Stephens and Tanner: "Reflective of real life."
Stephens and Tanner: "Reflective of real life."
Justin Namon

Fear Up Harsh: A Brechtian Dramedy at the Arsht

The opening scene of Fear Up Harsh may be the closest a theater audience can get to the bowels of a war zone. It's set in Muqdadiyah, a hellhole that American soldiers affectionately called "the nastiest town in Iraq" during Operation Iraqi Freedom. Marines and Army corporals are battling a hail of gunfire as three voices interrupt one another. One of the heroes is shot — paralyzed — and needs to be dragged away from the battle scene.

And it all takes place in pitch-blackness, the only illumination coming from tracers slicing through the cacophonous air. The voices of screaming soldiers bleed into the more benign scene that follows, like the lingering remnants of a nightmare. Time passes before you have the opportunity to exhale.

"There's a lot of confusion throughout the play, and slowly, things unfold," says Stuart Meltzer, who is directing the production for his company, Zoetic Stage. "In that way, the playwright gives us an opportunity to explore different ways of storytelling. It's almost like being cinematic for the stage."


Fear Up Harsh

November 7 to 24 at the Adrienne Arsht Center, 1300 Biscayne Blvd., Miami; $45; 305-949-6722,

Despite this intense, Saving Private Ryan-style prologue, Fear Up Harsh isn't really about war. Most of the play, which opens this weekend at the ­Adrienne Arsht Center, takes place in the affluent living room of Rob Wellman (Shane Tanner), the Marine who lost the use of his legs in enemy fire and earned a Medal of Honor.

Playwright Christopher Demos-Brown turns away from the battlefield, instead focusing on the impact of medals and accolades. As a general in the play puts it, "Once that medal gets put around your neck? You're untouchable. You could go all Columbine on us — they'd still give you a key to the city."

This line, in particular, harkens to Demos-Brown's inspiration for the play several years ago, when he attended a reunion of military veterans with his father, a World War II vet.

"One year, they had as a guest this guy who had won the Medal of Honor in Vietnam," he recalls. "What the guy did was stunningly heroic and inspiring, but when he got up to talk, he was about as off-putting a person as I've ever heard speak in public. He was crass and rude and racist and coarse, and I realized when I heard this guy that once you get the Medal of Honor, you can say whatever you want. You've been cloaked with unimpeachability."

A single father raising a spunky, rebellious daughter (Jessica Sanford), Rob is uncomfortable with this sense of imperviousness, partly because he's still plagued by the events that led to his presidential honor — a nest of secrets and fudged facts that has spawned guilt, combined with PTSD symptoms. That opening sequence doesn't tell the whole story. Fear Up Harsh becomes a double-tracked mystery, vacillating between a modern, linear story and flashbacks that move counterclockwise until we're back at that opening, viewing it with more clarity.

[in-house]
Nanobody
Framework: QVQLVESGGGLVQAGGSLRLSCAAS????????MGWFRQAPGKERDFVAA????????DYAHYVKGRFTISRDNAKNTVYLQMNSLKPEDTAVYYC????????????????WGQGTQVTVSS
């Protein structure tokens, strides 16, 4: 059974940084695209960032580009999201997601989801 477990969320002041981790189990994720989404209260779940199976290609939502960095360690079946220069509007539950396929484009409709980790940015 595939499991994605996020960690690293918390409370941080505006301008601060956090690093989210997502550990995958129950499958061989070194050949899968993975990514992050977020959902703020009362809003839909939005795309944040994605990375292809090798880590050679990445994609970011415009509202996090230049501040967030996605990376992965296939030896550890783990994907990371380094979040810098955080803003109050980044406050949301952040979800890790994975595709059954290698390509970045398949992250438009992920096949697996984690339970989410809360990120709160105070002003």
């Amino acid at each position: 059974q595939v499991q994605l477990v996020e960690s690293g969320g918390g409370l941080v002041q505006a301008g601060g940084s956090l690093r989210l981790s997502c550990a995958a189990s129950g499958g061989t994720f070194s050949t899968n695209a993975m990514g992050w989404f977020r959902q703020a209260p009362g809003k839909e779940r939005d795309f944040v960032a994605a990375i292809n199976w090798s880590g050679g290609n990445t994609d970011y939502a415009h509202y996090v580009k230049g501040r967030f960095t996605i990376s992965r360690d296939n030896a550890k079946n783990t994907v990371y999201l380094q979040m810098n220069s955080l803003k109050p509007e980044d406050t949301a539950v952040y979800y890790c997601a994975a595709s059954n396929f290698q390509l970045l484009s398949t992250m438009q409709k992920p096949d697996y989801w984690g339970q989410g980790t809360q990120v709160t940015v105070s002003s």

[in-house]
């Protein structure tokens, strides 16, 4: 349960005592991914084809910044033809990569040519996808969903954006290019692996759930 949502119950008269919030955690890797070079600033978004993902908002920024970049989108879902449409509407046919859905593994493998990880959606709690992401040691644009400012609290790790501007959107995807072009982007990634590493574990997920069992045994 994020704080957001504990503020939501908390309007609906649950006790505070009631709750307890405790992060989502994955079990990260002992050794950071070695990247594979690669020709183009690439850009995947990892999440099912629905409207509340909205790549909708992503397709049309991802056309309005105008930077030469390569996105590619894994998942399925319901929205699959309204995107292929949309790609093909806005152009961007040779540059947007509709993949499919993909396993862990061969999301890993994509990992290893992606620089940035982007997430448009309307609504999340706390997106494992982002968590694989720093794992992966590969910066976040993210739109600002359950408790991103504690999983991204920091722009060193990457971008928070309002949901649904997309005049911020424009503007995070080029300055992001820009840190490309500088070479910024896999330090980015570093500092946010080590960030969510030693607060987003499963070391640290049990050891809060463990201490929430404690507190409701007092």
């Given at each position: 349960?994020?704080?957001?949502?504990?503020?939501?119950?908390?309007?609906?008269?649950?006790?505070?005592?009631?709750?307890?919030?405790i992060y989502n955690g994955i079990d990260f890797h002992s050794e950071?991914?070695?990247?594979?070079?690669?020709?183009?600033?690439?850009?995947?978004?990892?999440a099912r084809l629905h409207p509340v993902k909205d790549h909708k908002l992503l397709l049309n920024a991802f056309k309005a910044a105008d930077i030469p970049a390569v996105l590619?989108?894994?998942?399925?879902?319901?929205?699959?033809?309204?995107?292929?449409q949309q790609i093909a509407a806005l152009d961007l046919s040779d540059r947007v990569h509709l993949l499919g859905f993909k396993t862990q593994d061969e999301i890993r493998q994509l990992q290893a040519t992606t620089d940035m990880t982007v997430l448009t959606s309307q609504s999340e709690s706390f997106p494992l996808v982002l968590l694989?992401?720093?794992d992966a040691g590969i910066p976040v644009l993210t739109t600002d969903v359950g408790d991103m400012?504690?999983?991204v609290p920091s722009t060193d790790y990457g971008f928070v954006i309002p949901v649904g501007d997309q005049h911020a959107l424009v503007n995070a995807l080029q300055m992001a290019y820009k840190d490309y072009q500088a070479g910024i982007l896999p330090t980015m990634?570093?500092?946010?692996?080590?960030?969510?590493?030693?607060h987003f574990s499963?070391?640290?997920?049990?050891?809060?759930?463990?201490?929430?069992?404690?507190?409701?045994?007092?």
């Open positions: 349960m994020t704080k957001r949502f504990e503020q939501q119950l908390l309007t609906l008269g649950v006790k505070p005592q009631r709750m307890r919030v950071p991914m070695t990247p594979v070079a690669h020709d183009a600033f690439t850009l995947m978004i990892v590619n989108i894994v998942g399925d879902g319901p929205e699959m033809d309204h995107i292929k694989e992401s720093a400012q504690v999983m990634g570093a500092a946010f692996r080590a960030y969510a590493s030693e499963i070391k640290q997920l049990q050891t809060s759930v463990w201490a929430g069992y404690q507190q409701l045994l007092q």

"When I finally latched onto how I was going to organize this play, I thought it was really about how a story gets manipulated," Demos-Brown says. "We wanted this to be somewhat Brechtian. We wanted you to be aware that this is not meant to depict reality."

This being a Demos-Brown play — he wrote the hilarious and widely praised Captiva for Zoetic in 2011 — the story is not all doom, artillery shells, and torture. It's witty a lot of the time and peppered with references as varied as Charlotte's Web, Pussy Riot, and Larry Bird.

"I was happy that there was so much levity in the script, because it presented a balance," says Karen Stephens, who plays Rob's Army colleague. "It's reflective of real life; we have the real tragic moments, and they're balanced out by moments of hilarity."

For Tanner, himself an Army veteran in the early 1990s, one of the show's challenges was inhabiting a wheelchair-bound character.

"My tendency as an actor is to always be reacting," he says. "And usually in a show, you're able to use 100 percent of your body to express any kind of physicality that would be appropriate. And I did recognize in the first few days [of rehearsal] that my muscles would tense up, even if I wasn't lifting my legs. And I knew that just for my muscles to move in my foot would be inaccurate."

But don't expect the show to dwell on its character's physical handicap. As Demos-Brown says, his subject is more universal than Rob's situation or even than the Medal of Honor itself.

"If you're nominated for an Oscar, your value goes up," he says. "If you are even a finalist for the Pulitzer Prize in drama, suddenly everybody wants to do your play. So I thought that was an interesting thing to explore. I would like the play to ask, what does that do to the person who receives the award or recognition? And how does it affect the people who are in the position of power... It can have a very powerful corrupting effect on both."

And how has Demos-Brown been affected by the Carbonell Award he took home back in 2011?

"You start adjusting what you do to getting awards," he says. "I like to say the two biggest lies in South Florida theater are 'I never read my reviews' and 'I don't care about the awards.'"


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